Birding in a rainforest can be challenging because the trees are so tall that canopy-loving species are several hundred feet away, far above you. One of the greatest advantages of birding along Blanchisseuse Road is that, being carved out of mountainsides for the most part, the canopy of trees downhill from you are at eye-level or nearly so. That positioning allows views that are almost horizontal instead of neckbreaking.

Some of the species we observed during the first part of the morning included Golden-olive Woodpecker, more Red-crowned Ant-Tanagers, another Rufous-browed Peppershrike seen by most participants, a Streaked Flycatcher for those who had missed the species until now, a flock of Lilac-tailed Parrotlets, all three species of hermit hummingbirds, a courageous Southern Beardless Tyrannulet standing his ground to we trespassers in his territory, and exquisite views of Bay-headed Tanagers.

One of my favorite spots in Trinidad is the microwave relay tower near the crest of the ridge above the Centre. The van driven by Jogie blew past the turn-off and continued on down the hill. Meanwhile, I was busy in our van exhorting Roodal to turn slightly to the right and drive up the steep but straight access road to the tower, ignoring the "No Trespassing" suggestion on the fence. I told him that I'd tell Jogie that we forced him to make the turn and that the responsibility would be ours. So he turned, and up the hill we went.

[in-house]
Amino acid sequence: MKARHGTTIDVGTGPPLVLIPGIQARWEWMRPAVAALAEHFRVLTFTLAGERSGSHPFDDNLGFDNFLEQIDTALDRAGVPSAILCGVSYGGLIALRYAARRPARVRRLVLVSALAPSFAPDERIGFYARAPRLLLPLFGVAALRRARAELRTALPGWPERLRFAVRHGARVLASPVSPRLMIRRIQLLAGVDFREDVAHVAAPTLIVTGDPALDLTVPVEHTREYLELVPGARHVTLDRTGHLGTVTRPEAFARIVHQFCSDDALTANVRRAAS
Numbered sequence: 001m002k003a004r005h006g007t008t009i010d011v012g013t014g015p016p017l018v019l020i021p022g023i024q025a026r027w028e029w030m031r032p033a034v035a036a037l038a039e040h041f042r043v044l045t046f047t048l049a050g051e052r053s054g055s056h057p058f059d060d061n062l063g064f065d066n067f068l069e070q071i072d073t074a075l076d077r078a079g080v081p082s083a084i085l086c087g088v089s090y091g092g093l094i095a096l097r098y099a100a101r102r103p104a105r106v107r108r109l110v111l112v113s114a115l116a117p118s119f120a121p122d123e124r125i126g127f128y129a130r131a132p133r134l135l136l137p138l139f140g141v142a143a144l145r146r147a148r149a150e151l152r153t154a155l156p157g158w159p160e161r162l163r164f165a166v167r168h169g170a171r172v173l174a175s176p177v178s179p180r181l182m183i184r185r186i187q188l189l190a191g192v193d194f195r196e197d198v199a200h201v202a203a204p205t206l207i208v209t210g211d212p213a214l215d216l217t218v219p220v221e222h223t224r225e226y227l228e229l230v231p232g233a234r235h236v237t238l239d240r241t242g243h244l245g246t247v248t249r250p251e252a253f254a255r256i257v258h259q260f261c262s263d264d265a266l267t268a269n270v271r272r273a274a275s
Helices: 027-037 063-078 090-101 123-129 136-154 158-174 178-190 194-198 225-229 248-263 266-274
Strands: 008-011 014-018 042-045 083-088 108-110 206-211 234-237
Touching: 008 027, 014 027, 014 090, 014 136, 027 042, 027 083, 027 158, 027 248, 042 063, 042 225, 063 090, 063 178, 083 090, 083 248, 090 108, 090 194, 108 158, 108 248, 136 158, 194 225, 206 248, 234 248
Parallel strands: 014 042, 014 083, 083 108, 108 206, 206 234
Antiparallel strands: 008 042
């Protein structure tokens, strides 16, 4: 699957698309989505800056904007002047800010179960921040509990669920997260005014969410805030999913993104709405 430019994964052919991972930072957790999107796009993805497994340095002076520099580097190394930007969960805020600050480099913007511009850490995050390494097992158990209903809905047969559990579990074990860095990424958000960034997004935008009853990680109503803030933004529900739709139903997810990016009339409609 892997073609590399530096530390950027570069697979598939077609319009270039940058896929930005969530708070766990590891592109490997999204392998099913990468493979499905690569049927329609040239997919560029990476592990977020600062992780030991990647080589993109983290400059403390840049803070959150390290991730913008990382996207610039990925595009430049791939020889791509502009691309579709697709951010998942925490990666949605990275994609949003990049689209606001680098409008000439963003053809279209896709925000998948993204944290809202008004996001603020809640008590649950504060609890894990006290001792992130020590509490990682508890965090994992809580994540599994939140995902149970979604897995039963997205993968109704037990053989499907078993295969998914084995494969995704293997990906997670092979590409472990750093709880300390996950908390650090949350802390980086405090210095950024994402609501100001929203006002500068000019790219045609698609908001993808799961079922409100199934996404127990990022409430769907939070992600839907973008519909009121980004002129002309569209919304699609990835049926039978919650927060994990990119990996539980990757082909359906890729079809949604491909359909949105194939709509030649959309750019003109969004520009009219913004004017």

One of the target species for the Textel site, as the microwave area is called, is Speckled Tanager. This species seems to prefer higher elevations to lower, and the Textel site is the highest point on the Blanchisseuse Road and the easiest to access. We parked the van at the end of the entrance road and greeted the guards inside the high security fence. They were used to seeing me up there, at least, if not other birding groups. I explained to the group that quite often "No Trespassing" means that you have to go in anyway to ask if you're really not allowed in or if you're supposed to go in and ask permission to enter. The guards up there don't get much company, and birders are no trouble at all to them. We only investigate birds from outside the fence.

Sitting atop the rectangular dish reflector were omnipresent Black Vultures. Gray-breasted Martins perched on the powerlines. The view was spectacular -- the mountain called El Tucuche to the west, the Cerro del Aripo to the east, the entire Aripo Valley stretching away to the Plains of Caroni to the south, and the steepsided mountains dropping to the azure Caribbean to the north. The breeze was invigorating. Its effect on the vegetation along the ridge was similar to that of the sea breeze to seaside vegetation, sculpting it to grow more horizontally than usual. Riding the breeze were distant raptors, mostly vultures but with a few other species mixed in.